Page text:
Pressure mounts on FCC over net-neutrality changes

A motorway The proposals could create a fast lane for data from content providers willing to pay

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Pressure is mounting on the US Federal Communications Commission to delay or abandon plans to change the rules that govern how internet traffic is treated.

More than 50 venture capitalists have sent a letter expressing concerns about proposals to allow internet service providers (ISPs) to charge for prioritised network access.

It comes a day after 100 technology companies signed a similar letter.

Two FCC commissioners are now calling for the 15 May vote to be delayed.

The row centres around the issue of net neutrality - a central tenet of the internet that holds all online traffic should be treated equally.

Recently it emerged the FCC was considering letting ISPs charge fees to content providers for prioritised access to their networks as long as they acted "in a commercially reasonable manner".

"If established companies are able to pay for better access speeds or lower latency, the internet will no longer be a level playing field," the letter from venture capitalists reads.

Signatories included high-profile investors such as Ron Conway, of SV Angel, Chris Dixon, of Andressen Horowitz, and John Lilly, of Greylock Partners.

Meanwhile FCC commissioner Ajit Pai has joined fellow commissioner Jessica Rosenworcel in calling for a delay to the vote.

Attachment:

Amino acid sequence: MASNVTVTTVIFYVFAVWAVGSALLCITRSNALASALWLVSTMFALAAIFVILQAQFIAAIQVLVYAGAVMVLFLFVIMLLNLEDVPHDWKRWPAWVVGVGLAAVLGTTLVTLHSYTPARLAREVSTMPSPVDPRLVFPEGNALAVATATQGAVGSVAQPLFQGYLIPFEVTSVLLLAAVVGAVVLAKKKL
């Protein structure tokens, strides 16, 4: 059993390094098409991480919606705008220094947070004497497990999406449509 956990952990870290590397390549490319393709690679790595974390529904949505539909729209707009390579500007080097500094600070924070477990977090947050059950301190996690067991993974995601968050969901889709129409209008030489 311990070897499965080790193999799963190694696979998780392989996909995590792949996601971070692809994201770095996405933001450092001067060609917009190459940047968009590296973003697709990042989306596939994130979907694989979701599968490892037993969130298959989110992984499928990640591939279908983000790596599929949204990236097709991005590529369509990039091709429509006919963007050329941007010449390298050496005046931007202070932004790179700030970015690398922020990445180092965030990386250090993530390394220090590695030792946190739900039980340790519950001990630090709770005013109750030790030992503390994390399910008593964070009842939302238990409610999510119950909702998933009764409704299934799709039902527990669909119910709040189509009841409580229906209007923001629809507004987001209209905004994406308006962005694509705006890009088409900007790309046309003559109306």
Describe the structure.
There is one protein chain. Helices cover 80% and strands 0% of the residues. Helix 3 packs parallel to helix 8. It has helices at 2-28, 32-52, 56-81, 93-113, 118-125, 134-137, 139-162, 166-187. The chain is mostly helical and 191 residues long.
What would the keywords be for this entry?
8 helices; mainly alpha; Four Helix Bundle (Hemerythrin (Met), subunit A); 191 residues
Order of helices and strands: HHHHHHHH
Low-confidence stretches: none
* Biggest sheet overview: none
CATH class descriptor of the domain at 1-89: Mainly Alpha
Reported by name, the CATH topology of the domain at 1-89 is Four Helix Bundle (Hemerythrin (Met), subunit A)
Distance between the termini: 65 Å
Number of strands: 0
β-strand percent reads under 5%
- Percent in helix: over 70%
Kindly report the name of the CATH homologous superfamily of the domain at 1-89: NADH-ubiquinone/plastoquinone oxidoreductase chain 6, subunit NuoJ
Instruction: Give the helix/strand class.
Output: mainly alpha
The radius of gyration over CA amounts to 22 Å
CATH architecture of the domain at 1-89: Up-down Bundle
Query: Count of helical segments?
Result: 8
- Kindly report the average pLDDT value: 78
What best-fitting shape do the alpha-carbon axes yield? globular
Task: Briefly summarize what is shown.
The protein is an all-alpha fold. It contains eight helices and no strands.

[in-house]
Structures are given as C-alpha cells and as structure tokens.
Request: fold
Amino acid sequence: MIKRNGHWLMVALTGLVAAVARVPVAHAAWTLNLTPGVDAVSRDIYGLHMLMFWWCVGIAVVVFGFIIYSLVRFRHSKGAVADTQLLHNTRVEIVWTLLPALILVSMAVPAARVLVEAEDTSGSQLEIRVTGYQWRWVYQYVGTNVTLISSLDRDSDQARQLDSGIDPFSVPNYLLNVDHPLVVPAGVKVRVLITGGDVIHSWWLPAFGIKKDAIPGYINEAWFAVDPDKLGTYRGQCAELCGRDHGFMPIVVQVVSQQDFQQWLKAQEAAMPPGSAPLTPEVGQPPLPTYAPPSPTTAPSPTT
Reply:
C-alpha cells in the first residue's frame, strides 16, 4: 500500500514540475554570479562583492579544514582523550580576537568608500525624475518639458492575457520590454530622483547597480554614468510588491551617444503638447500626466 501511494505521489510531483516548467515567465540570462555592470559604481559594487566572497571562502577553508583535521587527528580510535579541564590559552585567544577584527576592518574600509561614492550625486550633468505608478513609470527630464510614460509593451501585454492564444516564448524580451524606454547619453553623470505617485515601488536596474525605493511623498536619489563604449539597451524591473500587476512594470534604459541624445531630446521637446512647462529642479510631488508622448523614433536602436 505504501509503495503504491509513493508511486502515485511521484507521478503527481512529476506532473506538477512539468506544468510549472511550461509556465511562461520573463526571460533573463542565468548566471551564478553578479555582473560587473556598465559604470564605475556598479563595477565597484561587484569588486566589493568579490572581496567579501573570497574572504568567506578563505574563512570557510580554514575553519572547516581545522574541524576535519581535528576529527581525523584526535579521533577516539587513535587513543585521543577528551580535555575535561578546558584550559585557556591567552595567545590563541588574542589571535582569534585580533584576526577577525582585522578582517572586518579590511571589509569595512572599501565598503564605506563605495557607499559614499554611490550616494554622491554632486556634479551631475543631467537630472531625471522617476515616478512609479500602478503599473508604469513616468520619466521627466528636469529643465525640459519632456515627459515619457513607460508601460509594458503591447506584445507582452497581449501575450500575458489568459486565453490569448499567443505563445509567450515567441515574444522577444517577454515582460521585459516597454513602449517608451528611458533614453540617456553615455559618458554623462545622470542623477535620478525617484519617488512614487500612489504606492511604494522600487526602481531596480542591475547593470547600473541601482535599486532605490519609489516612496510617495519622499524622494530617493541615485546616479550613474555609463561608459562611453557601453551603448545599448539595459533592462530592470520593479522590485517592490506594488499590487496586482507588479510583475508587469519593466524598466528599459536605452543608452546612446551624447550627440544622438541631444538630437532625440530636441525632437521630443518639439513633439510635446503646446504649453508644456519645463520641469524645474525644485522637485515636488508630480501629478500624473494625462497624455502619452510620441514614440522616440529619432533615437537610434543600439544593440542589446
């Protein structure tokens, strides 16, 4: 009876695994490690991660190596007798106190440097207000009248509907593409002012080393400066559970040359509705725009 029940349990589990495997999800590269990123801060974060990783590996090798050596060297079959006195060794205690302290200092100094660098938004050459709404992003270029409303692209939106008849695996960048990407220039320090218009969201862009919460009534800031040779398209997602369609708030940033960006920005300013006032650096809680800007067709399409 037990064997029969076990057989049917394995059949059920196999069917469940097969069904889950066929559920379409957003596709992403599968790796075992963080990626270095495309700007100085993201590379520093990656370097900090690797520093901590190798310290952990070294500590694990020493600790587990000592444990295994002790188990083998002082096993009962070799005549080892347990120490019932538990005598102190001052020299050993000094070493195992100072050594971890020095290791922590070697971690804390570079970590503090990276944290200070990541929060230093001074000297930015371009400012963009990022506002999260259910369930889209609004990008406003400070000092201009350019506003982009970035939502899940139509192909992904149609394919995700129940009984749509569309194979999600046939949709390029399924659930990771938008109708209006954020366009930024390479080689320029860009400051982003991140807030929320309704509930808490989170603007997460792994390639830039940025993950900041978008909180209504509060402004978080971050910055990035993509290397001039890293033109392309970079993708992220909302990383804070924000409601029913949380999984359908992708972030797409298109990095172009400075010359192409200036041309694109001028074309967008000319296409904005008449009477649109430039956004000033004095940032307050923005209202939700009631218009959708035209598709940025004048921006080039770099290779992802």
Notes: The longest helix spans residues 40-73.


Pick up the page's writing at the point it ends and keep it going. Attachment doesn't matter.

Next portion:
Reclassify ISP

The debate has taken on new urgency in recent months as ISPs grow increasingly impatient with the glut of bandwidth-heavy services such as video-on-demand.

They want to charge companies such as Netflix, Amazon and Disney a fee to ensure their traffic is carried at high speed on their networks.

In February, Verizon won a landmark case that challenged the FCC's right to stop it charging such fees.

At the time, civil liberty groups said the FCC would have more teeth to enforce net-neutrality rules if it reclassified ISPs as telecommunication services, which are more highly regulated.

A separate letter from more than 100 civil liberty groups, including the American Civil Liberties Union and the Electronic Frontier Foundation, has also been sent to both the FCC and US President Barack Obama.

It read: "Internet service providers should not be in the business of picking winners and losers online.

"But the proposal the FCC is currently considering gives ISPs the power to do exactly that, which is why it must be abandoned."

Protesters are currently camping outside FCC headquarters in Washington ahead of a rally expected on 15th May.

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